People With A Murderer In Their Family Explain How It Affected Them

Knowable

One's actions can have consequences for everyone.

We all have secrets. We've all made mistakes. Some of us have made far worse choices in life than others and those choices have lead to trial and tribulation for anyone related to us or just knows us. When you have a criminal in the family it can be a difficult road to navigate in public or even within the group; especially if the person's crime makes social headlines. Often they can turn into... "those that we do not speak of..."

Redditor u/OneHundredForcer wanted to know how it's possible to still accept certain people in your life after their actions cause pain for others by asking.... [Serious] For those who have a murderer in their family/entourage, what is their story and how has it affected you?

1-

I'm not fully sure of the actual story behind it but I have an axe murderer in my family. All I know is that he killed another one of my ancestors who was a Broadway dancer.

13harry09

I have an axe murderer in my family as well, though she lived long before I was born, and we weren't sure until recently if she was actually related to us, or just had the same last name as my great5 grandfather. There's a possibility that you've heard of her, Lizzie Borden.

Edit: I have confirmed that I am in fact related to her through a dude named Thomas Borden who was alive in the 16th century. Funnily enough that is also the name of my grandfather and I keep conflating the 2. I can only find that Thomas Borden, or my great5 uncle Gail Borden.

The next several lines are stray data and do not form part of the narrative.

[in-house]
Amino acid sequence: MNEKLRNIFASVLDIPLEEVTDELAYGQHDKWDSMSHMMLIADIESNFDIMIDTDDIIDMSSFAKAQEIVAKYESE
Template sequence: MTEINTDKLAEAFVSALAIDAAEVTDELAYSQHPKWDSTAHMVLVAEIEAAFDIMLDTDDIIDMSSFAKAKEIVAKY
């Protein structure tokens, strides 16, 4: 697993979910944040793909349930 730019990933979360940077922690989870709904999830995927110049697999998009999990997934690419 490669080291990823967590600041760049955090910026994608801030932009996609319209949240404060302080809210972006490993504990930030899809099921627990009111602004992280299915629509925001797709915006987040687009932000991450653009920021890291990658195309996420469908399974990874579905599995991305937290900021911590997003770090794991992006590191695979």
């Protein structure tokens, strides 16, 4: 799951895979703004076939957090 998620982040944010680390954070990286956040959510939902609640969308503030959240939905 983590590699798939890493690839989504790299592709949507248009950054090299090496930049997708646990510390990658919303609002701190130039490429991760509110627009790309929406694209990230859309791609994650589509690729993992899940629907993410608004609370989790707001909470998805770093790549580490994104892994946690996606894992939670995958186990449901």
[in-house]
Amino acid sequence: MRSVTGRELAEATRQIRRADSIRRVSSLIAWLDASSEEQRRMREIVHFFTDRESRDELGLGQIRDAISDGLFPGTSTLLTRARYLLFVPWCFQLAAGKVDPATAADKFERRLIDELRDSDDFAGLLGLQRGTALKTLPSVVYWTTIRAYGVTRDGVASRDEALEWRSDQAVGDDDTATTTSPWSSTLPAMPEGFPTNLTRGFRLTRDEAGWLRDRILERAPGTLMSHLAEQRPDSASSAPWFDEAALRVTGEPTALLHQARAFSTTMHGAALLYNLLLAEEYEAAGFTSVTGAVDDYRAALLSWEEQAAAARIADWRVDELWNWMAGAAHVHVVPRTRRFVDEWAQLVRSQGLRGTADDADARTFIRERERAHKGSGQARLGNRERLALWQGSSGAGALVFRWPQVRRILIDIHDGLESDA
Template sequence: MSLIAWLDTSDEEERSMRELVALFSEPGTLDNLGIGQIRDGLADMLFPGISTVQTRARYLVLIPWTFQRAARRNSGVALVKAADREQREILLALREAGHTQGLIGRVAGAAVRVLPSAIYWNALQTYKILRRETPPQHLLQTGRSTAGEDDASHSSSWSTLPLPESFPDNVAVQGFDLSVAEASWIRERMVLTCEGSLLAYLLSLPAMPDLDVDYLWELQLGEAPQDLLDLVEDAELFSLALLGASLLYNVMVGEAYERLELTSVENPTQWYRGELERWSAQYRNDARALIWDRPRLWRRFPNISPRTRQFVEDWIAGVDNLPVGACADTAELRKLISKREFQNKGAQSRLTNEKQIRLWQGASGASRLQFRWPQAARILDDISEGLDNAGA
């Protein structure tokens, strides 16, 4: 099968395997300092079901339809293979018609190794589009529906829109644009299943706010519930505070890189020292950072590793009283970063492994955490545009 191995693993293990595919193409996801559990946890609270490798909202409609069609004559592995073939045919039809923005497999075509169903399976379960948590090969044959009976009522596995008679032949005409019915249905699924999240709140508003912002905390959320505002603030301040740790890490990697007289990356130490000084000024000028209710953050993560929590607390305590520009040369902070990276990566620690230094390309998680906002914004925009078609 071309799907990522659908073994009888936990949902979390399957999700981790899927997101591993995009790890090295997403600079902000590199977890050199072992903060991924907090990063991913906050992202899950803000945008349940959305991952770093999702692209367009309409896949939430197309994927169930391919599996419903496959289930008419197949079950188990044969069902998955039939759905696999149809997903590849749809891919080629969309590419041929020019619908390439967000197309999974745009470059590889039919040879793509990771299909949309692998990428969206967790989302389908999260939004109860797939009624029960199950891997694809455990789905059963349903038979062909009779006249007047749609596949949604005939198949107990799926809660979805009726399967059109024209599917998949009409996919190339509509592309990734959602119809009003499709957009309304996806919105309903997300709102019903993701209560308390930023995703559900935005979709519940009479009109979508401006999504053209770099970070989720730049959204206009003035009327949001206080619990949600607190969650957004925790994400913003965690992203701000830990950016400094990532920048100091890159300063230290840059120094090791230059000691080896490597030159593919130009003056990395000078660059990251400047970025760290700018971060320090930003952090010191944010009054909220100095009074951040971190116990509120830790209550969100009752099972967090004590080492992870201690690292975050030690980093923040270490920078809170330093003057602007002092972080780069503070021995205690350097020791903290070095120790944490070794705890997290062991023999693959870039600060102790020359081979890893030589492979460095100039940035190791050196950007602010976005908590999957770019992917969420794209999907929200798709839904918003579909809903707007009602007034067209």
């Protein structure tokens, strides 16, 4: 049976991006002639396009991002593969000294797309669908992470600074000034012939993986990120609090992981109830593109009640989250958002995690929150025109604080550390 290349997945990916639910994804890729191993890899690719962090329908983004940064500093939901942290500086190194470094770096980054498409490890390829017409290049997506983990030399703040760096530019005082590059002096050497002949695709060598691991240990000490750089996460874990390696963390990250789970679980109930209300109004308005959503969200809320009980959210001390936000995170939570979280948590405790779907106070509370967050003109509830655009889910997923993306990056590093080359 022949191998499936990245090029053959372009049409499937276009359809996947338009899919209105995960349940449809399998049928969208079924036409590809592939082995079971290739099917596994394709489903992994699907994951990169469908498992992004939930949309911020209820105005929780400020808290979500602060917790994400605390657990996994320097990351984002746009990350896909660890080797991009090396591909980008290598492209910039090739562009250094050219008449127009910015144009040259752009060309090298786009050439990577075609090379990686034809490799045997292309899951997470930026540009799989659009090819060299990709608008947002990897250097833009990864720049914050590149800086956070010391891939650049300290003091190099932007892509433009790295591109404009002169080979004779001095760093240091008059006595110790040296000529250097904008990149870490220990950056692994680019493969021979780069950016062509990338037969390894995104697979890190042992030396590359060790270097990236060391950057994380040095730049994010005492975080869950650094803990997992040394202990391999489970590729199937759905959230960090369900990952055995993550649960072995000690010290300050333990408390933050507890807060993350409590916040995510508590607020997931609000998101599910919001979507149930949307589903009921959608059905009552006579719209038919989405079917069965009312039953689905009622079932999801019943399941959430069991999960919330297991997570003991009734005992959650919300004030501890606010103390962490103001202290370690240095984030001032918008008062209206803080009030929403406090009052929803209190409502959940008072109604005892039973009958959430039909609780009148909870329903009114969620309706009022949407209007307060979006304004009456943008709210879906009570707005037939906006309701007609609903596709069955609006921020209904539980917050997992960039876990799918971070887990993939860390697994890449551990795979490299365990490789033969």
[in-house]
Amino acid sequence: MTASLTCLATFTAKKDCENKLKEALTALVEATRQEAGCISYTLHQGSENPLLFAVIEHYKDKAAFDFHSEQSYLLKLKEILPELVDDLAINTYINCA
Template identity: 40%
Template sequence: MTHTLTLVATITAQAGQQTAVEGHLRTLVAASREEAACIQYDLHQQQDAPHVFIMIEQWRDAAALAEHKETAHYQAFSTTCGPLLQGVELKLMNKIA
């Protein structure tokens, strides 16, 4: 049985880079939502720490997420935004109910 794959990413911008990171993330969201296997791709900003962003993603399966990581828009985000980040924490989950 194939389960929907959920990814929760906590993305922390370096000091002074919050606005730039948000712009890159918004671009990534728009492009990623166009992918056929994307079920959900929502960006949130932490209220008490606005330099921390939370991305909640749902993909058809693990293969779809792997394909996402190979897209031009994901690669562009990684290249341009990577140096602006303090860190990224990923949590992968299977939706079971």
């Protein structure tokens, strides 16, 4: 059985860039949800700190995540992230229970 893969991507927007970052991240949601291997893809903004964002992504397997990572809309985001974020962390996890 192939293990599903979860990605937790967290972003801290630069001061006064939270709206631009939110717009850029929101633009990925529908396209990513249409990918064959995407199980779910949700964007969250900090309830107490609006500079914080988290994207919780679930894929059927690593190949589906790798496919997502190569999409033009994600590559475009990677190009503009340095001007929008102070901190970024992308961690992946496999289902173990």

shadowscale1229

2-

I have a half sister from a different father, but same mother. Her father killed our mother. We've lived with our grandparents (mothers side obviously) since the murder, (she was 4 I was 1). Haven't known life without it. Makes mother and father day a bit weird, and when I have to explain to my friends why I live with my grandparents. Also, I didn't keep it a secret in school, so a lot of people knew OF me through my story. But because of my age it's been an easy adjustment, although it's arguable there wasn't one at all to begin with.

Navygreenjumper17

3-

I belong from a tribal area in Pakistan. My uncle legit shot someone with a sniper. They say from the top of the roof. Apparently the person was dating one of my cousins and my degenerate uncle just shot them while they were meeting in a field. My uncle ran away and hid for a couple of weeks while the police were searching from him.

Then a few weeks later he comes back and pretends nothing happened. Some next level bribery made the police forget about him .And he later on stood for elections and become the mayor of the cit.y My father never talked to him again and we moved to Canada.

ehsaan_khan99

4-

My great grandfather? (i think) was rumored to be a mass murderer. Apparently my family and another had some kind of beef. That's all I know. The only person alive who would know anymore details won't speak a word about it.